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Caution is in the air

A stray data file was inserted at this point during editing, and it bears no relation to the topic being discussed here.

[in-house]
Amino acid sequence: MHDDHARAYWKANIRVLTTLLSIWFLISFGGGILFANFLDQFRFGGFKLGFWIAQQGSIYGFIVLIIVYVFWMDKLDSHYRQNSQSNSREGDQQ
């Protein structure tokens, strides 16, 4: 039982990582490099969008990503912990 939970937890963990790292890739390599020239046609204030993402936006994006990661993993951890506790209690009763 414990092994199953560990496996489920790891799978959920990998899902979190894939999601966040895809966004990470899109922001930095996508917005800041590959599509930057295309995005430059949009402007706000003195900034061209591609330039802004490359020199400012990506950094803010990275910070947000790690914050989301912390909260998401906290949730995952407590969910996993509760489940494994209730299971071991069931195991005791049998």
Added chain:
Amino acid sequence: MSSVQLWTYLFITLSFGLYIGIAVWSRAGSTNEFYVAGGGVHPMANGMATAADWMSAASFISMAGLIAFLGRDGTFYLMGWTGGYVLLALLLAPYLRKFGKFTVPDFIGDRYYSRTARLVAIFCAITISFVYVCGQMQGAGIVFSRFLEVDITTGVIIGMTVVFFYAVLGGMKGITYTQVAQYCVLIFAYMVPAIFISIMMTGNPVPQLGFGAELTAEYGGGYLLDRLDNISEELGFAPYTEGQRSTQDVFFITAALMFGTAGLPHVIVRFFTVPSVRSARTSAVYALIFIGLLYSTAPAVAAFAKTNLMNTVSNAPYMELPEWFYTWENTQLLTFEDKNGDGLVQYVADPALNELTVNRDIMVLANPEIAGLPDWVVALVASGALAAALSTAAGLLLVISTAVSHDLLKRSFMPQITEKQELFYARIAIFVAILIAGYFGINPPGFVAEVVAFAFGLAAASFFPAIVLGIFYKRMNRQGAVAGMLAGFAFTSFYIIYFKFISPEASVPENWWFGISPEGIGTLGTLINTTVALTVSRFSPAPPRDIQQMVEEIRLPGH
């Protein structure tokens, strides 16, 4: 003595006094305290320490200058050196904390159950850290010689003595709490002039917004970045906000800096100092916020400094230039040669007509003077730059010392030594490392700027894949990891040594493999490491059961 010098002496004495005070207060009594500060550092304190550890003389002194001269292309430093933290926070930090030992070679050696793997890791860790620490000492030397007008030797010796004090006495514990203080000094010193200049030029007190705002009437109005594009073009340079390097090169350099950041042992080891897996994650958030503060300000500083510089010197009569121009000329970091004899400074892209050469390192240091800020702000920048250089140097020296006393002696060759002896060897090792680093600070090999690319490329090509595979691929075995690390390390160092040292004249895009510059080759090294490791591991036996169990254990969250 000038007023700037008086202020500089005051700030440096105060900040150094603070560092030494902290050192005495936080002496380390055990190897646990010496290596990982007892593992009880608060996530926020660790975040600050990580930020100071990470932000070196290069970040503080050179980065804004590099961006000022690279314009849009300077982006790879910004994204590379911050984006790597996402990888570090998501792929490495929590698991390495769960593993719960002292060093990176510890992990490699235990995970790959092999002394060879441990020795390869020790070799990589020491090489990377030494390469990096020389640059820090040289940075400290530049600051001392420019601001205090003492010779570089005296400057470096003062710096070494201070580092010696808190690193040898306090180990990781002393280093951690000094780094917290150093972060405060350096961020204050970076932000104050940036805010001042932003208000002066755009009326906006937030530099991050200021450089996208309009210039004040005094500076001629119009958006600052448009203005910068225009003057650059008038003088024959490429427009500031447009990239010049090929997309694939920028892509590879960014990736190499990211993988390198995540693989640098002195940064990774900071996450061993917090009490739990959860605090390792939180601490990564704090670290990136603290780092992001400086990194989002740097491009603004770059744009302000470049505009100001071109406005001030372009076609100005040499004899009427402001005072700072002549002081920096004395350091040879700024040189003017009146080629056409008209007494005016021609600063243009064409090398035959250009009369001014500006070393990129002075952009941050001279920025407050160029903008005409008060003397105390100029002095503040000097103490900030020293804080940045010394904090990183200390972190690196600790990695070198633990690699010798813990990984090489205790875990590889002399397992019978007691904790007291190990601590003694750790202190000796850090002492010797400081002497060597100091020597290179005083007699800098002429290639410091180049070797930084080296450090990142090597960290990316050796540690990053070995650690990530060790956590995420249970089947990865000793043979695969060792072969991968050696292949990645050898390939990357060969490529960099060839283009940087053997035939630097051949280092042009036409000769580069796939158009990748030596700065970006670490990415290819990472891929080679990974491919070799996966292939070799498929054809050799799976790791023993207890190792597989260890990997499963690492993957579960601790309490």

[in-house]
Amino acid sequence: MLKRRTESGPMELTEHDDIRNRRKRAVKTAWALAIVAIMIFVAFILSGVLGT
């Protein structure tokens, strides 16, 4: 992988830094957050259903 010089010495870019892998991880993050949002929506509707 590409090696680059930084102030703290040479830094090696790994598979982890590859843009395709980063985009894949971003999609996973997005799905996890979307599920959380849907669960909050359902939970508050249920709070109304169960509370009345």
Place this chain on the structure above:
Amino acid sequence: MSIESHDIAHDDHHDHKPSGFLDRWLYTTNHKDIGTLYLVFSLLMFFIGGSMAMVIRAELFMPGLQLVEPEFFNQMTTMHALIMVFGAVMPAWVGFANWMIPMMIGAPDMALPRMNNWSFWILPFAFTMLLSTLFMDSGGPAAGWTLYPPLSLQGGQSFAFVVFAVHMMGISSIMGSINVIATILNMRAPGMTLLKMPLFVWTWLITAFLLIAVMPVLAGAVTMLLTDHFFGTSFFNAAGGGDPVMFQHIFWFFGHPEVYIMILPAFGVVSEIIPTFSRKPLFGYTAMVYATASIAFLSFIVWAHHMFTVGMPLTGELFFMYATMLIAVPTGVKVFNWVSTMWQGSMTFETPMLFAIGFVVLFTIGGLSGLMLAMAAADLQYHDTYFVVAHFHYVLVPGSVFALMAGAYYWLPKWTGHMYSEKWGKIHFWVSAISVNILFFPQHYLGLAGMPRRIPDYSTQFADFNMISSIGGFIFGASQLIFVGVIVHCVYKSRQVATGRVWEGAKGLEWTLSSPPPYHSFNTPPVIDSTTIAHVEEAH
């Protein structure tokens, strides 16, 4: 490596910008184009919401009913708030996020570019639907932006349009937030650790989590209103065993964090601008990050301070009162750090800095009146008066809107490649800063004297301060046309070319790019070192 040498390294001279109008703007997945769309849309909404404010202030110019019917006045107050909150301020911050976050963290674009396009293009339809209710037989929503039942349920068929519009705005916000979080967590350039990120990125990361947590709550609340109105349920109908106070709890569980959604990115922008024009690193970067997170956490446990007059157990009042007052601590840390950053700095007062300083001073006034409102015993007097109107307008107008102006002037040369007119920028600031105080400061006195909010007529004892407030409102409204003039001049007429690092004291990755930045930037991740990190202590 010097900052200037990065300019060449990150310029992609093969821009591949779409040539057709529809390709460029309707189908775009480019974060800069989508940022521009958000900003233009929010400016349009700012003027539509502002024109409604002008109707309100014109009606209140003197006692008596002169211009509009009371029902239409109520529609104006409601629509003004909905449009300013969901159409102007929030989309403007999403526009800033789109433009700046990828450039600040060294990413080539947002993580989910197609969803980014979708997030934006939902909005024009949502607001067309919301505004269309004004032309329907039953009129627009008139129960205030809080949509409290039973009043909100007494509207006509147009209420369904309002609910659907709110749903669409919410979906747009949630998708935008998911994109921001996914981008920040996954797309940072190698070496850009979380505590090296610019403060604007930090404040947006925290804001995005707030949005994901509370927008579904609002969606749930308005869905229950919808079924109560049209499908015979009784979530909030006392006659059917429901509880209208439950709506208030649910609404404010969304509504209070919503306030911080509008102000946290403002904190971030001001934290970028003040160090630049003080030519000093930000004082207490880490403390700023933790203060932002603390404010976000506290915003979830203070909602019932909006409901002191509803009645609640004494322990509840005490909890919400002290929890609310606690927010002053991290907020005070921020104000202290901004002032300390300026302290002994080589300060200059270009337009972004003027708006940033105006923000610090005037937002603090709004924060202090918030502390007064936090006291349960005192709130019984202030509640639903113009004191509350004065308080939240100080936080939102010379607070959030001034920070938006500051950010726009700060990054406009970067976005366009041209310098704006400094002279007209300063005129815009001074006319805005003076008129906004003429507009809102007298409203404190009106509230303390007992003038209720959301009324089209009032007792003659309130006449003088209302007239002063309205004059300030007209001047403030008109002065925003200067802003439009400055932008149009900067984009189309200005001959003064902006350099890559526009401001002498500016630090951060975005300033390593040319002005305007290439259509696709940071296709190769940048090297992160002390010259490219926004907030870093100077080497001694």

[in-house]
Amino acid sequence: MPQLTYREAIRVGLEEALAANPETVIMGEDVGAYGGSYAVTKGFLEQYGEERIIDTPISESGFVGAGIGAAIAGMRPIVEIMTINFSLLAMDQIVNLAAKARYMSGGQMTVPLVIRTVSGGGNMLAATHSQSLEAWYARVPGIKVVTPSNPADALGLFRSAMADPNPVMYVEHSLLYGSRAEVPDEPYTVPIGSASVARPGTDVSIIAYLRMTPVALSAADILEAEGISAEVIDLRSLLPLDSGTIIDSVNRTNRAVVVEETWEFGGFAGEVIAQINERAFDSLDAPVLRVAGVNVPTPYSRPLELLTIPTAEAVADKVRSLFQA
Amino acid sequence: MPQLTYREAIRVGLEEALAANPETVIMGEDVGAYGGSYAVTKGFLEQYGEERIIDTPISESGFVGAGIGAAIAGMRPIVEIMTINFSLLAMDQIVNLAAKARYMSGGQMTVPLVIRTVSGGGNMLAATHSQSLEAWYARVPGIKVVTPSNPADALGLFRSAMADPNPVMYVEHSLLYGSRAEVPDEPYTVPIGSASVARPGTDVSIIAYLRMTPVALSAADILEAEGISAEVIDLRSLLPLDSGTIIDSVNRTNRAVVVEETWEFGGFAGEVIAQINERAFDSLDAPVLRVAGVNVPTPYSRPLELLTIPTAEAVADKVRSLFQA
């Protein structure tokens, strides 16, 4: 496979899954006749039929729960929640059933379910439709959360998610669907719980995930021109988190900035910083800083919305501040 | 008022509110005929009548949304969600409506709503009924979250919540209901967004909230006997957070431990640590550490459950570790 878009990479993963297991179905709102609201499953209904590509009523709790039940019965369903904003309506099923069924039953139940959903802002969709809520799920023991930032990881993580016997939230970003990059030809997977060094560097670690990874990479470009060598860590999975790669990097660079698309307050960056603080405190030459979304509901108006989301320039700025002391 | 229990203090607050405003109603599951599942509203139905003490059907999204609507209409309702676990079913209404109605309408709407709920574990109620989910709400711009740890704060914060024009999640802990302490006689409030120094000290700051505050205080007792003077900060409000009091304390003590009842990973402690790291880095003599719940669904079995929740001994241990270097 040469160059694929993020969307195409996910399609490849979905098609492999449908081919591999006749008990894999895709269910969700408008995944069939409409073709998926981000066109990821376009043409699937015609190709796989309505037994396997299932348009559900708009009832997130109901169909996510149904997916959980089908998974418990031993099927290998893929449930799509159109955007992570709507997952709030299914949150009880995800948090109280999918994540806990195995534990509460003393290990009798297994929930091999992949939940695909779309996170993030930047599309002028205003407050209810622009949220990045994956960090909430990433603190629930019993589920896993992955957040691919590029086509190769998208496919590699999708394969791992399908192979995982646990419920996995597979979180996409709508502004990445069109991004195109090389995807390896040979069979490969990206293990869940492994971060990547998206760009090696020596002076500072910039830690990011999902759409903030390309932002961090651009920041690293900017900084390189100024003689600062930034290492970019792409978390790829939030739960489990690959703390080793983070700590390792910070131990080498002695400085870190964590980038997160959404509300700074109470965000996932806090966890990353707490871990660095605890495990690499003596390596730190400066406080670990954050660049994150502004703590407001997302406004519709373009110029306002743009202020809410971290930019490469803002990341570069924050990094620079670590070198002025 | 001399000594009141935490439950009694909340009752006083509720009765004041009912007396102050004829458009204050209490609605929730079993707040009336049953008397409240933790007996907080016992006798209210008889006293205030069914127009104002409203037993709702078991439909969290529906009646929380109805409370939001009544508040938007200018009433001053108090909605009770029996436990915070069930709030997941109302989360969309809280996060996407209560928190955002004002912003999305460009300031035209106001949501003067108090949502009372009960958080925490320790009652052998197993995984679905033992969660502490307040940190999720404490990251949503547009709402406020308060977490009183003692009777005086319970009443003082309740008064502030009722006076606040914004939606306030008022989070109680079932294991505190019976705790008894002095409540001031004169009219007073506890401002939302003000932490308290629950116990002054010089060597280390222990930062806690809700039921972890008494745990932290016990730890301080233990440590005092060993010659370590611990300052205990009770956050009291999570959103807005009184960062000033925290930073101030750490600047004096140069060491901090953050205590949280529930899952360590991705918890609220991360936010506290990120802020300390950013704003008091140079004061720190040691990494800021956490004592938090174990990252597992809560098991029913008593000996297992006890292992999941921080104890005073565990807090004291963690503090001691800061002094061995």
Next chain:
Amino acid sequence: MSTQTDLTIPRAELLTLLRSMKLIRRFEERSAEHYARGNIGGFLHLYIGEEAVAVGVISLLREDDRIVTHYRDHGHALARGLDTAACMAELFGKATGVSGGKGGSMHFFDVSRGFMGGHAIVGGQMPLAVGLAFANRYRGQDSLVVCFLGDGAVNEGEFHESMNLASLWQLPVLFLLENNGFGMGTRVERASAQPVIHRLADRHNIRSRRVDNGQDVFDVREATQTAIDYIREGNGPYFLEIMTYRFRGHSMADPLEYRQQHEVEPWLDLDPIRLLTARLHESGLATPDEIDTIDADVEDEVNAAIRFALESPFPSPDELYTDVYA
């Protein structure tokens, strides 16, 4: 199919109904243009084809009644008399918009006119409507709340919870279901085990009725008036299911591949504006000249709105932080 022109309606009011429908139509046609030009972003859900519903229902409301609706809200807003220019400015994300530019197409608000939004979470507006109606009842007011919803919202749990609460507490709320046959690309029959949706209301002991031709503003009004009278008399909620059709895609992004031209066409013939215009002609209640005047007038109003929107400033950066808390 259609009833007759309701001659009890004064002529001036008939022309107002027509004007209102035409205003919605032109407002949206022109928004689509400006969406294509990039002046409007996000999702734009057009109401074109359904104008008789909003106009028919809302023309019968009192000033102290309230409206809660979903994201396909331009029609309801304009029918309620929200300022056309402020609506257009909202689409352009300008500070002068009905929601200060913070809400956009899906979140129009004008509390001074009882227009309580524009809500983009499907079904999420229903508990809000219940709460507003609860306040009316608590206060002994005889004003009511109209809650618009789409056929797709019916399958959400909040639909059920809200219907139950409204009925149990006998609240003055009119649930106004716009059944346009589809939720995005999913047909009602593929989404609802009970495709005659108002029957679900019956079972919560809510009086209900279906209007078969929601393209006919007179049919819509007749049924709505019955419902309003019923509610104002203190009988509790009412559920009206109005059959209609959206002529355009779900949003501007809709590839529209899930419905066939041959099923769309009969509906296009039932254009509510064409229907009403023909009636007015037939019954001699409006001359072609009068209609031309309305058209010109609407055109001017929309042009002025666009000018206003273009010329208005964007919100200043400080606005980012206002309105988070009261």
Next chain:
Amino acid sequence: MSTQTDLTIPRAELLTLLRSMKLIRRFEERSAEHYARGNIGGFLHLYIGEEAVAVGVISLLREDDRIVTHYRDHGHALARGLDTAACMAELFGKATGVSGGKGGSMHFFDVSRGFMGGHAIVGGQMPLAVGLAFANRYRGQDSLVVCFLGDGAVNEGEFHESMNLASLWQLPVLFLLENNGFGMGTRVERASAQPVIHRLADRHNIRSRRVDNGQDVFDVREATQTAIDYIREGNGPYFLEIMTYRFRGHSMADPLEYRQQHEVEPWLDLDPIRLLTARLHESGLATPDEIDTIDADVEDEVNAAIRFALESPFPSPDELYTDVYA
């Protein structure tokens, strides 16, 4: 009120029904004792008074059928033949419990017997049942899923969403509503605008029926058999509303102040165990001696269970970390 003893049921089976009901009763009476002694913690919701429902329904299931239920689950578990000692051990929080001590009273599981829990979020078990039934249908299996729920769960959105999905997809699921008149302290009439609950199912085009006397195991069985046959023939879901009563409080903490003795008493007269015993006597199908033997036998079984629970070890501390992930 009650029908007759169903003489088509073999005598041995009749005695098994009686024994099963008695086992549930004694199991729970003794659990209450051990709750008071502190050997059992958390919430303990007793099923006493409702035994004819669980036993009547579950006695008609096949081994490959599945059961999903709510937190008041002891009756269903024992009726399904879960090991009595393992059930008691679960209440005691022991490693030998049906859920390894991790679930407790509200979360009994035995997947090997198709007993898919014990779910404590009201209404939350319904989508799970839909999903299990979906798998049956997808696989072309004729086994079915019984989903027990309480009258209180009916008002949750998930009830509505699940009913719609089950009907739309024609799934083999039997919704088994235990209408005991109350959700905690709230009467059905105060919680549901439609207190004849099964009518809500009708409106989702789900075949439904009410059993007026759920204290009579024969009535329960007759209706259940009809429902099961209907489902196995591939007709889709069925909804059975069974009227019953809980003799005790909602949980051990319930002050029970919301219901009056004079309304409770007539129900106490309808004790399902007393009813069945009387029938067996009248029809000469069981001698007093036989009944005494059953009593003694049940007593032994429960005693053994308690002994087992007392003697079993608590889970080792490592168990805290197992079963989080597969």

Real estate’s biggest season is coming. Here’s what first-time buyers and others should expect.<br />By Alan J. Heavens<br />Inquirer Real Estate Writer<br />3/19/06<br /><br />The residential real estate market may be much slower than it was a year ago, but reports of its death have been greatly exaggerated.<br /><br />The market is, instead, different.<br /><br />”We’re not talking the early- to mid-1990s here,” said Gary G. Schaal, vice president of sales and marketing at Orleans Homebuilders in Bensalem. “Houses are selling. Just not as fast.”<br />Typically, the buyers affected most quickly by rising interest rates are the first-time-around crowd. Yet Patrick O’Connell, an agent with Prudential Fox & Roach in Center City, is dealing with more first-timers than a year ago.<br /><br />”There’s a lot more caution in the air,” said O’Connell, who has sold real estate downtown for 25 years and through other market slowdowns. “I don’t think real estate is the reason for that wariness. I think people are uncertain about many things.”<br /><br />Long-term interest rates haven’t risen all that much, again defying economists’ predictions. The rate for a 30-year fixed-rate mortgage remains less than 6 percent as the spring season – real estate’s biggest – begins.<br /><br />”Rising interest rates can easily be counteracted by creativity, starting with selecting a creative mortgage lender and real estate agent,” said <a href=”http://fredglick.com”>Fred Glick, president of US Loans Mortgage L.L.C.</a> in Philadelphia. “Being creative often implies risk, but there are ways to get the right financing with minimal risks.”<br /><br />Diane Williams, an associate broker with Weichert Realtors in Spring House, isn’t surprised that so many first-time buyers are in the market.<br /><br />”The increase in inventory has given first-timers more options this year than last, when the inventory was tight and there was plenty of competition for what was on the market,” she said.<br />Does that mean multiple offers are a thing of the past?<br /><br />”We are still getting some,” Williams said. “But in most cases, buyers can take their time because they have more to choose from.”<br /><br />What accounts for the increase in houses available for sale? Basically, it’s the fact that there are still sellers hoping to cash in before the market changes more drastically than it has.<br /><br />The residential market has shifted in the buyer’s favor, much as it was before the start of the boom period that began in 1997-98. And the big difference between this buyer’s market and past ones is the Internet.<br /><br />”Because of the Internet, the first-time buyers… today are better prepared to buy than ever, and are more savvy than any other segment of the market,” O’Connell said. “They begin research long before they get to me.<br /><br />”My job becomes one of helping them make sense of what they’ve seen,” he said, “and turn that knowledge into something they can use to buy a house.”<br /><br />With so many real estate brokers having a presence on the Internet, first-timers and other shrewd buyers are intimately familiar with what’s available, limiting the amount of time spent physically searching for homes, Williams said.<br /><br />And many entry-level buyers already know what they can afford.<br /><br />”They know their credit scores; they know enough to at least be prequalified or preapproved for a mortgage of the size necessary to buy something in the area in which they are looking,” O’Connell said.<br /><br />A decade ago, without the anonymous searches for information facilitated by the Internet, most first-time buyers underestimated what they were able to afford, Schaal said.<br />The Internet has exposed buyers to all sorts of mortgage programs. But knowing of them doesn’t mean knowing about them, Glick said.<br /><br />”I’ll get a call from a first-time buyer who will ask about an 80-15-5 mortgage. That’s where their expertise ends,” he said. “… Without knowing the details, they think it is the right mortgage for them.”<br /><br />An 80-15-5 loan means a borrower obtained a main mortgage of 80 percent of the home’s purchase price and a piggyback loan for 15 percent, and made a 5 percent down payment.<br />”Getting the 15 percent piggyback loan allows you to avoid paying private mortgage insurance,” Glick said. Generally, mortgage insurance is required when the loan amount is for more than 80 percent of the home’s price, “but frankly, PMI is getting cheaper.”<br /><br />The interest rate on the piggyback loan is higher than the rate on the first mortgage. But the combined payment often is less than the costs of a loan larger than 80 percent of the value of a house, plus mortgage insurance.<br /><br />Creative financing is important to the first-time buyer right now because the boom years have resulted in higher entry-level prices. “In Center City, we are talking about $250,000 to $325,000,” O’Connell said.<br /><br />When you look at Prudential Fox & Roach’s most recent determination of the city’s median price at $123,000 in 2005, this range looks like it could buy a lot. It doesn’t.<br />”Depending on where they want to live, they may have to wait until something in that range comes on the market,” O’Connell said.<br /><br />Some folks don’t want to wait, especially now, because they realize they will be competing with people transferring to this area as the spring market gets going.<br /><br />Moreover, some buyers don’t want to wait for a condo that will be ready to live in in the distant future if there’s something suitable coming on the market today.<br /><br />With more homes on the market from which to choose and more time to do it in, Glick suggests that buyers negotiate more with sellers to try to get concessions or a lower price.<br /><br />”If the seller pays the points, you can get a lower rate and still be able to deduct the points on your taxes,” Glick said. “Try to get the seller to pay closing costs, since they sometimes increase the cost of the transaction past the buyer’s ability to pay.”<br /><br />For buyers without deep pockets, Williams suggests looking into programs that are designed to help first-time buyers – information that is available from a real estate agent, but is also at your fingertips on the Web.<br />The new-home market also is slowing down somewhat, Schaal said, with the intensity of the situation differing from builder to builder. To get inventory moving, builders offer incentives to buyers, he said.<br /><br />For example, in return for a spec house’s going to settlement before the end of the builder’s fiscal year, the buyer might receive as much as $30,000 off the price, with the amount applied to options or closing costs.<br /><br />Or the builder might offer to subsidize the mortgage rate at a certain percentage for the first three years. Say the rate is 6 percent. The builder provides a subsidy of 2.5 percentage points for the first year, meaning that the rate the buyer pays is 3.5 percent. The second year, the subsidy is 1.5 percentage points, for a 4.5 percent rate. And the third year, the subsidy is one-half of a percentage point, for a 5.5 percent mortgage.<br /><br />Since most first-time new-home buyers are in the townhouse and condo market, “you’ll see efforts to move inventory in those categories,” he said. “We assume that first-time buyers will see increases in their income during the early years of the mortgage that will justify the subsidies. It gives them the opportunity to qualify for a mortgage that they might not be able to easily handle at first.”<br /><br />Schaal doesn’t expect the slowdown to last forever. In fact, real estate agents, lenders and builders are really taking a wait-and-see attitude until the spring market gets going.<br />Meanwhile, new-home buyers are spending more time on deciding whether to buy, increasing the number of visits they make to a development before making a commitment.<br />”It’s true that instead of five visits to buy, it takes nine,” Schaal said. “But the incentives are only in effect until June 30. On July 1, they’re gone.”<br /><br />Contact real estate writer Alan J. Heavens at 215-854-2472 or <a href=”mailto:aheavens@phillynews.com”>aheavens@phillynews.com</a>.